Get Ready: Kresge Foundation Prepares for Inevitability of Climate Change

In early 2013, the Kresge Foundation announced that it would be refining its climate change priorities. Still committed to reducing greenhouse-gas emissions, the foundation is bringing a new focus to increasing community resilience in the face of impending disaster. Kresge's Environment Program openly acknowledges that climate change is already having an impact and that communities need to be prepared for the inevitability of the changes it will bring. (See Kresge Foundation: Grants for Climate Change.)

Building a community's resilience will enable it to adapt and respond to disturbances — so that when bad things do happen, people can recover and get on with their lives quickly. The events that communities will likely have to prepare for include: rising sea levels, changing water supplies, and increased storms. Changes in ecosystems also could have an impact on food supplies as coral reefs die off or weather systems affect agricultural areas. Researching the many ways in which climate change can affect communities and developing appropriate measures of response will be a key part of building resilience.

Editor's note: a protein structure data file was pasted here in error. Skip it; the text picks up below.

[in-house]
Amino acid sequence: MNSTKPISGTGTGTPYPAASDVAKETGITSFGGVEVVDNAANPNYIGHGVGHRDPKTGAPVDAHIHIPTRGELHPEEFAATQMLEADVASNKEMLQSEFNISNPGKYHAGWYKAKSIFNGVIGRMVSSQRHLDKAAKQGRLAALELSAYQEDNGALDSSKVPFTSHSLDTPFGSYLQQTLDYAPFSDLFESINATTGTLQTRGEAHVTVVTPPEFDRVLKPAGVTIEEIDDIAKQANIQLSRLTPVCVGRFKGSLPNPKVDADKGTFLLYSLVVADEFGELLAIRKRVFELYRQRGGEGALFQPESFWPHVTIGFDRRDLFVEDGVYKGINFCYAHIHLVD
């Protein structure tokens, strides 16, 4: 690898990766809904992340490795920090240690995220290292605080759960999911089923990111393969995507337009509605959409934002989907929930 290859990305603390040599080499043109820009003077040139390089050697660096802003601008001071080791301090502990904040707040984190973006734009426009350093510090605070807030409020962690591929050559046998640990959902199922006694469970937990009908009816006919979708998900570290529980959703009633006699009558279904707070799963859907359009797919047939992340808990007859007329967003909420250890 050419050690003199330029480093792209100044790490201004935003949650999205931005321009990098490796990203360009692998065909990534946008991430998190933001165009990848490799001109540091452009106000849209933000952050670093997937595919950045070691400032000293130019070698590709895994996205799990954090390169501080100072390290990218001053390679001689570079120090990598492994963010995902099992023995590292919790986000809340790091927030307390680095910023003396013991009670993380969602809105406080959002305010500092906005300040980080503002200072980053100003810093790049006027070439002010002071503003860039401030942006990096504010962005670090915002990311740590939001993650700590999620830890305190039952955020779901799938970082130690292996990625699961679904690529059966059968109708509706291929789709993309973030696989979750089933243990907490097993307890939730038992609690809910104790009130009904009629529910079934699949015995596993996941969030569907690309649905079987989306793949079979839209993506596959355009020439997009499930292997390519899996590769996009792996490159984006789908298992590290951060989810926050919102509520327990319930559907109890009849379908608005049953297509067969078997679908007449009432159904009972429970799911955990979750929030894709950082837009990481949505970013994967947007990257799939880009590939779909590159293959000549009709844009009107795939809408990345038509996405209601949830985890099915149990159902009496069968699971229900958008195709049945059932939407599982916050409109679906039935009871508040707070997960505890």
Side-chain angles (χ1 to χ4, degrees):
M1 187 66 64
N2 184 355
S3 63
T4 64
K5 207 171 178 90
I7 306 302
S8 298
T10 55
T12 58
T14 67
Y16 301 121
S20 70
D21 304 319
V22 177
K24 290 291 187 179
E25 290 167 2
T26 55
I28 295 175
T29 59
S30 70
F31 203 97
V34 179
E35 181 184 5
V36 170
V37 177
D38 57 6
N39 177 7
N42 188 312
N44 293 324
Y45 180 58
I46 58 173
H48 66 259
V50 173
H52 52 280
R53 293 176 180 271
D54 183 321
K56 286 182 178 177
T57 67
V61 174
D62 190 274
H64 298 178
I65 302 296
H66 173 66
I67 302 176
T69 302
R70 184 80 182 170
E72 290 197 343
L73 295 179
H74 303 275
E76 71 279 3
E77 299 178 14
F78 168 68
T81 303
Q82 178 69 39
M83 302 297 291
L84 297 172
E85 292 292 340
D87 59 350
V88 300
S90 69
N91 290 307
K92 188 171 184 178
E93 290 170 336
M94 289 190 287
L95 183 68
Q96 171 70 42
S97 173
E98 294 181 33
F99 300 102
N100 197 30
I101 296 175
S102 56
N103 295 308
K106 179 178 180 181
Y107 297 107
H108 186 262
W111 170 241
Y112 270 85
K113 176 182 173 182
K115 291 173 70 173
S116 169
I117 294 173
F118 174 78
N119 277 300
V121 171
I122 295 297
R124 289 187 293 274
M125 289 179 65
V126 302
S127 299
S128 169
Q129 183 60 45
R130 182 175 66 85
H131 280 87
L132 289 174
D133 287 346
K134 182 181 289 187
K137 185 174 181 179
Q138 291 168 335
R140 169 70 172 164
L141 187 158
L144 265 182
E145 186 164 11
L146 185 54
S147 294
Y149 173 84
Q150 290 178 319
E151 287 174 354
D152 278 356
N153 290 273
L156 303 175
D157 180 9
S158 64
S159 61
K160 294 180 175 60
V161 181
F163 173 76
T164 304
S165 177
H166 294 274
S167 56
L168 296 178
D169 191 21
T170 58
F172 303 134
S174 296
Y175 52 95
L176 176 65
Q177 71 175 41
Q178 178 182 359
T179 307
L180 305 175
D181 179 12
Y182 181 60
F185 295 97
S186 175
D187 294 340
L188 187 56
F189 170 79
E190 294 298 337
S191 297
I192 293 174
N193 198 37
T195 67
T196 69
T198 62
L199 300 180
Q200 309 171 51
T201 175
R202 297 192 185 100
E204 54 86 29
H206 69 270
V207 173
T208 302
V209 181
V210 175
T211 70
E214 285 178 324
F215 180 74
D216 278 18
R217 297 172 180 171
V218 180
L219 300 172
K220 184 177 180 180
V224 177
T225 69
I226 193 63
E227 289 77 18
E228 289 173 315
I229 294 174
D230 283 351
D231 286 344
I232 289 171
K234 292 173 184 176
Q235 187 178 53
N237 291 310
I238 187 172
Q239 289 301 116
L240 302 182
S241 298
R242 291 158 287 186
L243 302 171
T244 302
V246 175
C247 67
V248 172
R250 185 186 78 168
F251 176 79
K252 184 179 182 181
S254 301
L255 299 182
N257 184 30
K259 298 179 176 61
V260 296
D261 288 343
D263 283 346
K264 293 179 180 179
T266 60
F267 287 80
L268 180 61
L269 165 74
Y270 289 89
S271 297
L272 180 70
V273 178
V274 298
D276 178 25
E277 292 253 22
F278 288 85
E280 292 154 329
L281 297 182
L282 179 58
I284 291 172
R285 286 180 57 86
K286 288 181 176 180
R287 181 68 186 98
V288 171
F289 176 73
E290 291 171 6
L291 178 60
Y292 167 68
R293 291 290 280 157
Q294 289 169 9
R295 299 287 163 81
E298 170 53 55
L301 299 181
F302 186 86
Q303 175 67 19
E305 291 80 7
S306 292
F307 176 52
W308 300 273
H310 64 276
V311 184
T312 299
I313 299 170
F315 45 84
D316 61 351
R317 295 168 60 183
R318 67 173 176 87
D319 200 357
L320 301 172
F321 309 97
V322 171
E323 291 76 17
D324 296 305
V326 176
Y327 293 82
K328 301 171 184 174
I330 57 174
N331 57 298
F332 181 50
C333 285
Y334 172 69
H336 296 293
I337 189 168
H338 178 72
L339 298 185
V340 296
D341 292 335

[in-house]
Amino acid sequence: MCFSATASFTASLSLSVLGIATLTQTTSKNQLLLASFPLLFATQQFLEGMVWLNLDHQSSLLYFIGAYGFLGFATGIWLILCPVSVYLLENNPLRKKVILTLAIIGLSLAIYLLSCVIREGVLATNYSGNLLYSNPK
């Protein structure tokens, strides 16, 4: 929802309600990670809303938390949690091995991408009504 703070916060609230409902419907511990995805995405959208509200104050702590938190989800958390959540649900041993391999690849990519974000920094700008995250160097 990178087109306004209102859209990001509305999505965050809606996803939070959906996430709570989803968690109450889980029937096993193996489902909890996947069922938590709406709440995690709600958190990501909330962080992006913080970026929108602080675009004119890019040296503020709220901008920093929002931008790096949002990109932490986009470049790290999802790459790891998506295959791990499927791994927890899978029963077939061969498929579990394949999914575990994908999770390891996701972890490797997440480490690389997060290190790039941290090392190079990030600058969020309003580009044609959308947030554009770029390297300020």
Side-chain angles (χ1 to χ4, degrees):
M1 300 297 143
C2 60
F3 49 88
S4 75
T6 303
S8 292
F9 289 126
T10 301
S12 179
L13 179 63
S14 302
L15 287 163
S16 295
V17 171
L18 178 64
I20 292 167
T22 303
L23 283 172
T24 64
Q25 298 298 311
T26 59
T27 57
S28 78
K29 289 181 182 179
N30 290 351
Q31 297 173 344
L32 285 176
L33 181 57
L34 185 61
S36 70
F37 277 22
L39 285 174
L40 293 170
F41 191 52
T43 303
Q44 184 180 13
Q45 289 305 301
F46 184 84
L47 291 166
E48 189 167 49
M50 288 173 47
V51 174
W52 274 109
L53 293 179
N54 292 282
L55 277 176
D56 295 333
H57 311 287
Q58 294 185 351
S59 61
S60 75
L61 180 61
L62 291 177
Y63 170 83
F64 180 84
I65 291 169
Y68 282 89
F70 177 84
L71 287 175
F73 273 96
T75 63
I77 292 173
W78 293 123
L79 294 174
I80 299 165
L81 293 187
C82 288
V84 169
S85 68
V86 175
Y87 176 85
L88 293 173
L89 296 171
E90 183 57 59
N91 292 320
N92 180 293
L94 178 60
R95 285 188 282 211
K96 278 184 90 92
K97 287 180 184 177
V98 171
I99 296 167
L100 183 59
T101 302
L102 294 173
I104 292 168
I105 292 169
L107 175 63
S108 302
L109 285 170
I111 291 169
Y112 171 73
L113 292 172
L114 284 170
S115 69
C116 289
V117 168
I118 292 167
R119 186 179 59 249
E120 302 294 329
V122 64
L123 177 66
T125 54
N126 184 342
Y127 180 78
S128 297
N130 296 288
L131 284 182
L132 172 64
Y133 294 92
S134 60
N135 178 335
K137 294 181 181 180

The Kresge Foundation has plenty of experience supporting climate change adaptation projects. Past grantees include EcoAdapt, the American Meteorological Society, the Nature Conservancy, and the Wildlife Conservation Society, among several others. These organizations have focused on climate-adaptation policies, the assessment of risks, and community outreach.

Climate change adaptation, as a field of study, is still relatively new. In-depth case studies and information synthesis are still necessary and remain a focus for many organizations. The Kresge Foundation, in particular, makes a point of bringing a diverse set of disciplines to bear for an integrated problem-solving approach. The foundation emphasizes the importance of understanding "all aspects of community life," including political jurisdictions, ecosystems, and the built environment. (Read Managing Director Lois DeBacker's IP profile.)

Going forward, the Kresge Foundation plans to help communities become more resilient by: 1) anticipating where climate change will affect local conditions; 2) limiting greenhouse-gas emissions by reducing demand and increasing renewable sources; and 3) promoting social cohesion and communication. Projects will be either "place-based" and focused on communities of practitioners or "field-building" in that they advance new knowledge and enhance a wider understanding of climate change. Specifics on Kresge's new grant guidelines will be out soon. The foundation recommends signing up for its email newsletter to keep up with the latest news.